Amy Toensing. Dresses.

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Little girl dresses hang on a laundry line on a porch on August 1, 2002 in Utuado, Puerto Rico. Puerto Rico was an outpost of Spanish colonialism for 400 years, until the United States took possession in 1898.

Today Puerto Rico's Spanish-speaking culture reflects its history - a mix of African slaves, Spanish settlers, and Taino Indians. Puerto Ricans fight in the U.S. armed forces but are not entitled to vote in presidential elections. They passionately debate their relationship with the U.S. with about half the island wanting to become the 51st state and the other half wanting to remain a U.S. commonwealth. A small percentage feel the island should be an independent country. While locals grapple with the evils of a burgeoning drug trade and unchecked development, drumbeats still drive the rhythms of African-inspired bomba music.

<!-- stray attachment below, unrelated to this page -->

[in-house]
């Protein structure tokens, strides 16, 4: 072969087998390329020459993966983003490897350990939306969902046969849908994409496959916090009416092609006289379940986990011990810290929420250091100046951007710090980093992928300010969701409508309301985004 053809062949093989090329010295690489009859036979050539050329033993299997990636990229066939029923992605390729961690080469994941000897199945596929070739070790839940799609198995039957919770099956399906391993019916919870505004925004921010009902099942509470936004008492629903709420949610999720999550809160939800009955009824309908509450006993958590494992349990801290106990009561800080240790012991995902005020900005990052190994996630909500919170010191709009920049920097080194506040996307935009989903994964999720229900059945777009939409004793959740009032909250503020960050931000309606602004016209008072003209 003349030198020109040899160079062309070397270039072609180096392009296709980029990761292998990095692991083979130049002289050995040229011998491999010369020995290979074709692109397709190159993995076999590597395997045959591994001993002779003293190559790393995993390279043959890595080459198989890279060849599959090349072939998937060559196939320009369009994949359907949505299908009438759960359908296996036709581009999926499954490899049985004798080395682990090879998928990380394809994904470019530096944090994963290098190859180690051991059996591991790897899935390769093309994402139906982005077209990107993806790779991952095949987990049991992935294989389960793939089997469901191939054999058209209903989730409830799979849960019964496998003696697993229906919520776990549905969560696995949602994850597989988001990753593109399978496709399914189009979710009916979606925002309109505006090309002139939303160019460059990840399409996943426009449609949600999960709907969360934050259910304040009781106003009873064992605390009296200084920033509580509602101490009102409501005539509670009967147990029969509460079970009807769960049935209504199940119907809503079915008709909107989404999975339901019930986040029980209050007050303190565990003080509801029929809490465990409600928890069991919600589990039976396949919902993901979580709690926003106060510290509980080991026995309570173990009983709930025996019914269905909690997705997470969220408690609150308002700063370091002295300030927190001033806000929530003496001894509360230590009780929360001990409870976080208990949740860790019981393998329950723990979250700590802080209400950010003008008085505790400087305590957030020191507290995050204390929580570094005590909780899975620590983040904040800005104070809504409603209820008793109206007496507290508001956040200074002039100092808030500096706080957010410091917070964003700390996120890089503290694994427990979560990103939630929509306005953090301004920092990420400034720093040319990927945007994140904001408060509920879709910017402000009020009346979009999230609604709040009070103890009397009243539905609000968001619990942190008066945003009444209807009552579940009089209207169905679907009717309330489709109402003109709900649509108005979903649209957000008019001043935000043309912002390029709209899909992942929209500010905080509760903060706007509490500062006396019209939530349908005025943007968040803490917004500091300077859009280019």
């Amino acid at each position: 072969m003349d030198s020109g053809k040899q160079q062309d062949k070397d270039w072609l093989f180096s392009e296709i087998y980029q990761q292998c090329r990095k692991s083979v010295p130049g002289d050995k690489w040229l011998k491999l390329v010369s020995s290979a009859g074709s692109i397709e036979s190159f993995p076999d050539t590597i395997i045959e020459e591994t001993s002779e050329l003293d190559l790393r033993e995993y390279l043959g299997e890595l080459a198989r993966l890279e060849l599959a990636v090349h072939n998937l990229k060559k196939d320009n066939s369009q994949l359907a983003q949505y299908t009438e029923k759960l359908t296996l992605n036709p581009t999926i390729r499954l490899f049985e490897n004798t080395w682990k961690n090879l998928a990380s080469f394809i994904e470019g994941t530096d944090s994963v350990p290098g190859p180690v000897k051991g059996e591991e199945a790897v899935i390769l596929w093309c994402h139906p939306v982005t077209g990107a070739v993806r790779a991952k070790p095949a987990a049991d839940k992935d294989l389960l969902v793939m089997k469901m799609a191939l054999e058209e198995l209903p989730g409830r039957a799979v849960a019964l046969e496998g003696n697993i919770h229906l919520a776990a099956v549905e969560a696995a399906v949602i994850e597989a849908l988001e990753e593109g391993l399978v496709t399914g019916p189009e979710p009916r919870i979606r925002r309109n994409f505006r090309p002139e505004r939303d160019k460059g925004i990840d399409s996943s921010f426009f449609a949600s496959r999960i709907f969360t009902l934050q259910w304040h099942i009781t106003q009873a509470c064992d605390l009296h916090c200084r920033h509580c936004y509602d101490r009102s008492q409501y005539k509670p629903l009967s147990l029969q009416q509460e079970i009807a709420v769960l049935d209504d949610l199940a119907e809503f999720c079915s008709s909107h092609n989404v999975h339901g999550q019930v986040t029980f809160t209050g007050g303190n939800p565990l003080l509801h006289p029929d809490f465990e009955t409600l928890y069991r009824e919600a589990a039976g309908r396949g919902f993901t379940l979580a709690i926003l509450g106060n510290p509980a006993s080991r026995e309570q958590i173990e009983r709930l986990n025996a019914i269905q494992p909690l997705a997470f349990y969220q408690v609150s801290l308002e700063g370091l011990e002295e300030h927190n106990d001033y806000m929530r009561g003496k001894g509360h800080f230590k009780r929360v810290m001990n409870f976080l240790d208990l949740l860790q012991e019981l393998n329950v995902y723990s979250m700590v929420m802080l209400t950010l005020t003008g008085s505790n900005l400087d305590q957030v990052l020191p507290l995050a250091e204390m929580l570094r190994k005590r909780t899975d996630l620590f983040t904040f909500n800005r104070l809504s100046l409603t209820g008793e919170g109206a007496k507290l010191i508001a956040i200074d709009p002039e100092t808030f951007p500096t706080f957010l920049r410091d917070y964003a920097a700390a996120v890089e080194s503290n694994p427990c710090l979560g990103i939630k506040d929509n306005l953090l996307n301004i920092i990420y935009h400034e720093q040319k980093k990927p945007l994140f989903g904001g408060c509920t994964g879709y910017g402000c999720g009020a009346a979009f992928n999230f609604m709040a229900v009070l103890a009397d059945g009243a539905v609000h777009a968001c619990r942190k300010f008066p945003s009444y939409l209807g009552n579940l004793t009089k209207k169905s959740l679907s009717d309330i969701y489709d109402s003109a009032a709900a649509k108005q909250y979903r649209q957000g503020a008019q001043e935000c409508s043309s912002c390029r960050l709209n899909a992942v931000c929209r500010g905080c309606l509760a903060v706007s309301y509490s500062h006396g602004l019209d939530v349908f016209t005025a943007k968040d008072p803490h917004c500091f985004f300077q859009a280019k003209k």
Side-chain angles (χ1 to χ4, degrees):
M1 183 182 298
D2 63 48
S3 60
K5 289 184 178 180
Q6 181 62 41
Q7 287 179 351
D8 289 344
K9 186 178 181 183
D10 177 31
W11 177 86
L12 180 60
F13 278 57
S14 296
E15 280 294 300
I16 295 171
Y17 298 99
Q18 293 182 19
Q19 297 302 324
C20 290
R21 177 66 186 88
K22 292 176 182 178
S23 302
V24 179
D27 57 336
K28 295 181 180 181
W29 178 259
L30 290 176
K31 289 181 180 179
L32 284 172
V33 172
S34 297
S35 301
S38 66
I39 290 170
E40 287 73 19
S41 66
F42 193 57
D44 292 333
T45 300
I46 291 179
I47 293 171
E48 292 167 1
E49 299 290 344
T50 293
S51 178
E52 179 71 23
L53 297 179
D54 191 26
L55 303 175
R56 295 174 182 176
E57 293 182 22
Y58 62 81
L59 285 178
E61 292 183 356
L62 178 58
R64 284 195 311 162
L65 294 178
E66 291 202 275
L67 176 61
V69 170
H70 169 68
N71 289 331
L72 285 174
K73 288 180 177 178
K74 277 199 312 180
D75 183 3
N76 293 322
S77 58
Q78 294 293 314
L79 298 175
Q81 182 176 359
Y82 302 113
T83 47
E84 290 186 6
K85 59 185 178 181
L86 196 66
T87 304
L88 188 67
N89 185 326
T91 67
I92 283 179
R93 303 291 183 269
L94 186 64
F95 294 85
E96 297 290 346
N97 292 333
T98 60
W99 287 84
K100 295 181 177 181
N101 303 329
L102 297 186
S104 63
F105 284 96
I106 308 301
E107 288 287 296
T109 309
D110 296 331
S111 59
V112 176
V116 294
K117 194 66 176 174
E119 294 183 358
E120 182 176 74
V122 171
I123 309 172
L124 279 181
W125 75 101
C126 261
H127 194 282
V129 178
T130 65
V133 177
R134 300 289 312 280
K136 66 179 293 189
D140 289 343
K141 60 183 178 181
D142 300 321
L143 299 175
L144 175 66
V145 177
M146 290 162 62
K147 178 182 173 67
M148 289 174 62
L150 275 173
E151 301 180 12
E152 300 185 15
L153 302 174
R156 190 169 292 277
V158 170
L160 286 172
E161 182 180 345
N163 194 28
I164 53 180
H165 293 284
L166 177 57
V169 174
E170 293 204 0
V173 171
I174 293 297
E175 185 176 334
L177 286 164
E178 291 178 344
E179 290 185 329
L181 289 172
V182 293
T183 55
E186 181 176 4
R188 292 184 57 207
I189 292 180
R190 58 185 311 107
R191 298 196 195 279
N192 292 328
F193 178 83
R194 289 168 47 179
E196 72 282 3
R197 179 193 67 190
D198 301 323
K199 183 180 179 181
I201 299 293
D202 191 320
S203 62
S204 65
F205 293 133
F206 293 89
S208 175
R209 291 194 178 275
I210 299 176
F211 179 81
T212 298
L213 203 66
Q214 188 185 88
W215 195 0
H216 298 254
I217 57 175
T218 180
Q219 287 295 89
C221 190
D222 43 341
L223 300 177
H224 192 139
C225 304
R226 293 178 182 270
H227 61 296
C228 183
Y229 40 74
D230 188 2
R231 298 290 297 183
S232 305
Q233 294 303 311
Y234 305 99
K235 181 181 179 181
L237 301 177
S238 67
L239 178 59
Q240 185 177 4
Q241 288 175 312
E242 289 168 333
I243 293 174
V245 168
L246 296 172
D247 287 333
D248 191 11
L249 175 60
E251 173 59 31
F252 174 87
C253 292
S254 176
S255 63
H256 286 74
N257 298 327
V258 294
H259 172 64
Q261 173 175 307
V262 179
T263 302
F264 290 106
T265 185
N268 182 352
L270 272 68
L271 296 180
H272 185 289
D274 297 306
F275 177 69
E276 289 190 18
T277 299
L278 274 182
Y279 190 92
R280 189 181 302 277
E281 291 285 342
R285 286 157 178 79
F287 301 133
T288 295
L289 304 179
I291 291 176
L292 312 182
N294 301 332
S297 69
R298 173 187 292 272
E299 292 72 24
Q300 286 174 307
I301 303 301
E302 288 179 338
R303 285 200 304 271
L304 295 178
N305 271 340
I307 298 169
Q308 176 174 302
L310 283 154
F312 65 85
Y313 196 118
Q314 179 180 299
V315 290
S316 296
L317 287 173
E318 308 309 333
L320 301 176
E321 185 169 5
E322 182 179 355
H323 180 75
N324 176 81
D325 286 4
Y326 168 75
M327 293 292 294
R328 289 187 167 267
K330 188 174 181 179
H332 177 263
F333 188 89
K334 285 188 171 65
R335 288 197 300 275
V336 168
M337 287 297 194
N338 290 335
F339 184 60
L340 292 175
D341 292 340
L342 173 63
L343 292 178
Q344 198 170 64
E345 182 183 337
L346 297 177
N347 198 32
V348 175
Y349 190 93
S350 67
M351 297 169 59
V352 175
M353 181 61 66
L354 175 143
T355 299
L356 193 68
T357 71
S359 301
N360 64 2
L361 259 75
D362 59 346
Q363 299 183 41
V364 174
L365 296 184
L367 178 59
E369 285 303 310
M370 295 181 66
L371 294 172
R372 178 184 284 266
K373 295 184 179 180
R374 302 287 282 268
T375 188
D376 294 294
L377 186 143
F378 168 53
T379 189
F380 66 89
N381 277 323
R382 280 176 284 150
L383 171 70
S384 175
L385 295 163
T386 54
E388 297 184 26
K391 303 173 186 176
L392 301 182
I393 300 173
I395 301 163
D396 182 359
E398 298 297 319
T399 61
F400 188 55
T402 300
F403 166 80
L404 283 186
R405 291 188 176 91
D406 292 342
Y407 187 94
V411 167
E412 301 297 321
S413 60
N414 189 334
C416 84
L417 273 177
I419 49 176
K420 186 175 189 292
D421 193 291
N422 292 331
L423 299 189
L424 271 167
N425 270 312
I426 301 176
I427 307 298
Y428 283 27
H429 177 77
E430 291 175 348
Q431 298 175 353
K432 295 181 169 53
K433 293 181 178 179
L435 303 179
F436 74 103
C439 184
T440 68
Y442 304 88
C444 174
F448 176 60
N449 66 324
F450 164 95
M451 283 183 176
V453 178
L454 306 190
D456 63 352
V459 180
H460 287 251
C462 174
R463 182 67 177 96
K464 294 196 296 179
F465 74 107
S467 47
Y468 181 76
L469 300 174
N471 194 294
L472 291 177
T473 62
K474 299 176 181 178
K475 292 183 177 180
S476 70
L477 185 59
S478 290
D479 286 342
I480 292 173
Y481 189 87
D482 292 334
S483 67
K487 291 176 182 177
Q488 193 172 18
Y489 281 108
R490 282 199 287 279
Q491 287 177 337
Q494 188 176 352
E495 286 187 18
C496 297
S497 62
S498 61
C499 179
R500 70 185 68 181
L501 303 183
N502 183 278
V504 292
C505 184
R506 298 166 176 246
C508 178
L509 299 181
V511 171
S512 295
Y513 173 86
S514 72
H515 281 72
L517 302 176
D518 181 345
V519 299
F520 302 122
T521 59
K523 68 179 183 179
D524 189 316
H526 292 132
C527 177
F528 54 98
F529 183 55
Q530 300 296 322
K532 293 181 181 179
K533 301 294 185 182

Amy Toensing is a photojournalist committed to telling stories with sensitivity and depth and has been a regular contributor to National Geographic magazine for over twenty years.

Follow Amy on Instagram @amytoensing.

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